So, about this post title: for all practical intents and purposes, I'm still incredibly Anglo-centric. I speak fluent English, fluent English, and fluent English. (And sometimes not even fluent English, as those who've heard me attempt coherence at 5am can readily attest.) The reason I can call myself a language geek is because that term doesn't necessarily say anything about my skill with languages, just the enthusiasm with which I attack them. That's the first step, though.
Languages... are cool. I never thought I'd say this. Languages are cool, and I love learning them. I pick up snatches here and there as I can, trying to occasionally read the backlog of an IRC channel in Chinese, trying to respond in (broken) Spanish to a Latin American contributor's question, figuring out how to set up my computer so 我可以写在中文 (I can write in Chinese - albeit with really ugly fonts right now) oder tippen der Deutsch Eszett (type (not sure if I picked the right word for that) the German ß - which I still copy-paste each time - umlauts too, because I haven't figured out how to type them yet) o escribir con acento español (or write with Spanish accents - again, copy-paste for the ñ), and reading, reading, reading - lurking in IRC channels, reading wiki pages, looking through mailing list archives of languages that fascinate me.
Most of what I'm doing now is playing. Actually, all of it's playing; I'm just getting myself used to the strange letters, shapes, sounds, and sentence structures. When little things catch my curiosity, I look them up, and don't stress about remembering them. It's not like there's an exam at the end of term. When you have a richer world to be exposed to, the rules make much more sense in retrospect; I found a Tagalog grammar-book while browsing through a bookstore and went oh, that's why they say that, and now I've forgotten what it is I'd seen - but that's all right; I know where the bookstore is, where the book is, what it's called, and that I can reach out and learn it when I need to.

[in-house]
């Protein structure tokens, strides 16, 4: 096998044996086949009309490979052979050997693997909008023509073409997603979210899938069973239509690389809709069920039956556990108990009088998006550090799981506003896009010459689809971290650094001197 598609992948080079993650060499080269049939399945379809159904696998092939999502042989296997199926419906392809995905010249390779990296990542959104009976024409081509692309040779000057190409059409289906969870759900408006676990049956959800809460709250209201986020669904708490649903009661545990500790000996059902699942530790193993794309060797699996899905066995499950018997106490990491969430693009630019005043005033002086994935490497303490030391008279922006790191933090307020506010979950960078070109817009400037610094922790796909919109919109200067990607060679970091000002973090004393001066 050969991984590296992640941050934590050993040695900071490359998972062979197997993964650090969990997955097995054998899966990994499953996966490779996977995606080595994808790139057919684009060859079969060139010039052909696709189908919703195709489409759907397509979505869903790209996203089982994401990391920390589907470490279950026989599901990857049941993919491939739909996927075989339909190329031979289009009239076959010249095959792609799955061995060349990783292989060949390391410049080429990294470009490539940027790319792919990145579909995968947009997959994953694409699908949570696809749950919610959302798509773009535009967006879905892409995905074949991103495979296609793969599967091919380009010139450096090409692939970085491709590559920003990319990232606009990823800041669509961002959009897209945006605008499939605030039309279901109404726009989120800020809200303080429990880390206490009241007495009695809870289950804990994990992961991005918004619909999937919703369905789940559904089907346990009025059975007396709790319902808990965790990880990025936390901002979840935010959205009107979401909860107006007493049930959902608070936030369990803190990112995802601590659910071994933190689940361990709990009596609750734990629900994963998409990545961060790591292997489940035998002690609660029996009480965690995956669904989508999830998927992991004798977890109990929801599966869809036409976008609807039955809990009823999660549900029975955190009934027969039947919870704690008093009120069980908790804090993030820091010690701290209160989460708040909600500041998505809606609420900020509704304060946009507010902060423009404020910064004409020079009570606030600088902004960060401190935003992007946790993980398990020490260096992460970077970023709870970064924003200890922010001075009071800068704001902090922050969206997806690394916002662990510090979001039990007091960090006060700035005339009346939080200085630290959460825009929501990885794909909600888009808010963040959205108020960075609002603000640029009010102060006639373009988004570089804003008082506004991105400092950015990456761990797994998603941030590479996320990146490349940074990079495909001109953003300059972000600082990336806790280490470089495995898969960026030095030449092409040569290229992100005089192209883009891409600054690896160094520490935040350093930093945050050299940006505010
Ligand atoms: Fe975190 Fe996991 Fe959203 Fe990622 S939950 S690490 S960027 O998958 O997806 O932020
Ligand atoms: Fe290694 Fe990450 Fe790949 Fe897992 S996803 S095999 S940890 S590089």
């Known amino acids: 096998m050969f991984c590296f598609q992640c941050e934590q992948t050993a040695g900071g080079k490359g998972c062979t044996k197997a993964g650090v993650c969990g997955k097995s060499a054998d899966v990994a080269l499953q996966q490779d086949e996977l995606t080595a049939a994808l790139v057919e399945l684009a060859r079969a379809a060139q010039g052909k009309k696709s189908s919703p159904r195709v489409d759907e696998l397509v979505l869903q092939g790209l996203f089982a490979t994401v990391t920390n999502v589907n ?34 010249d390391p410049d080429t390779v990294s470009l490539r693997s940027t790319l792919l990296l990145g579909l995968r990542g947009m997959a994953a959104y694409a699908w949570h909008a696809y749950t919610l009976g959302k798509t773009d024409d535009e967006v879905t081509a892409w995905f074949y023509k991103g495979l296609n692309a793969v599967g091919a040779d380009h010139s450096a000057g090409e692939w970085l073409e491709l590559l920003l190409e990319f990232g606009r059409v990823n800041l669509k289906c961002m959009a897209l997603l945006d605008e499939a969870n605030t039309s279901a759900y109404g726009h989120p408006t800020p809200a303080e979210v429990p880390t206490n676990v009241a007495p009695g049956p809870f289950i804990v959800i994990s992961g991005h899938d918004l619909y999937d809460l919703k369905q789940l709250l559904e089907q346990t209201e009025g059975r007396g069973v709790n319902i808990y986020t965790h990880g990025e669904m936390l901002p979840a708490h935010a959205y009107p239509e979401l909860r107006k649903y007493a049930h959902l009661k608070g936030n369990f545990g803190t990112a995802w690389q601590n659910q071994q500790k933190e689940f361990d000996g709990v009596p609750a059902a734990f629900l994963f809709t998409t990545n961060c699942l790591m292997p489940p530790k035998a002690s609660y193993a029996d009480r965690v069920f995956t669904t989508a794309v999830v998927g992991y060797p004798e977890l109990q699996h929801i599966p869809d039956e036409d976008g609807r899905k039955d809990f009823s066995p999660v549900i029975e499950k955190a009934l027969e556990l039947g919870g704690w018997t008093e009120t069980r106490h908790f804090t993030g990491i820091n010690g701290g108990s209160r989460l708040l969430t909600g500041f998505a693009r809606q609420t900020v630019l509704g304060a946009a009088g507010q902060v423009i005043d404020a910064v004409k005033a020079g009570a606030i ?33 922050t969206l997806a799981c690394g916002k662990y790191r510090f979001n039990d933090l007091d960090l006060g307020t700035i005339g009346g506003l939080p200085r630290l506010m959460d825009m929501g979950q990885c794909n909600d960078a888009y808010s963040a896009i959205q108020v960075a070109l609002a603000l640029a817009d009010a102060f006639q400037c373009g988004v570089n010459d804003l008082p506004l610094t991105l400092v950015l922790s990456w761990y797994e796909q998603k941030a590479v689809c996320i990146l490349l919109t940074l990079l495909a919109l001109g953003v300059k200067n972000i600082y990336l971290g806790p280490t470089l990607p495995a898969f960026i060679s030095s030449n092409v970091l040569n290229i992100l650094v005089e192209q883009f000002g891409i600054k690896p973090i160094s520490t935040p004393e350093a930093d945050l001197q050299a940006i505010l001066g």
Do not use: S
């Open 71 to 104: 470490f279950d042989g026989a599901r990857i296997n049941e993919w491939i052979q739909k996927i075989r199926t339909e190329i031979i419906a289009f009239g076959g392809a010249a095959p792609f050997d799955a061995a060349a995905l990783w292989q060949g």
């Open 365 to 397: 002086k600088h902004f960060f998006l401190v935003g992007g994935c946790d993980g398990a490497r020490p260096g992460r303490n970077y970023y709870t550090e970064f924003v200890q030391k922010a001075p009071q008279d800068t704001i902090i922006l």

I'm surrounded by puzzles, and I'm slowly accumulating tools that let me solve them; while sitting in the children's section of the library (waiting for Melanie to get books on Ancient China for her research paper) I sat and figured out what "Strauße stecken bei Gefahr den Kopf in den Sand" meant - no dictionary, no grammar book, nothing except the rest of the entirely-in-German children's book and lots of guessing. "Kopf" meant "head," I knew; "in den sand" was almost certainly "in the sand." What would you do with your head in the sand? "Stecken" sounded like "sticking," you could stick your head in the sand, okay.
I knew the letter ß was pronounced "ss," so what thing that sounded like a "strausse" - wait, astrausse.... ostrausse... ostrich! Ostriches stick their head in the sand - right, they do! (Oh, look, a picture of an ostrich nearby. Win!) And "bei Gefahr?" Ostriches, I remembered, put their head in the sand when they're afraid of danger. So I guessed "bei Gefahr" meant something like "when they are scared" - maybe "Gefahr" --> "fahr" --> fear? Close enough. As best as I can tell going to the dictionaries later, "Strauße stecken bei Gefahr den Kopf in den Sand" roughly translates to "Ostriches stick (when in danger) their heads in the sand." Silly? Yes. Slow? Absolutely. Managed to get the understanding that I wanted from the resources I had on hand? Oh yeah.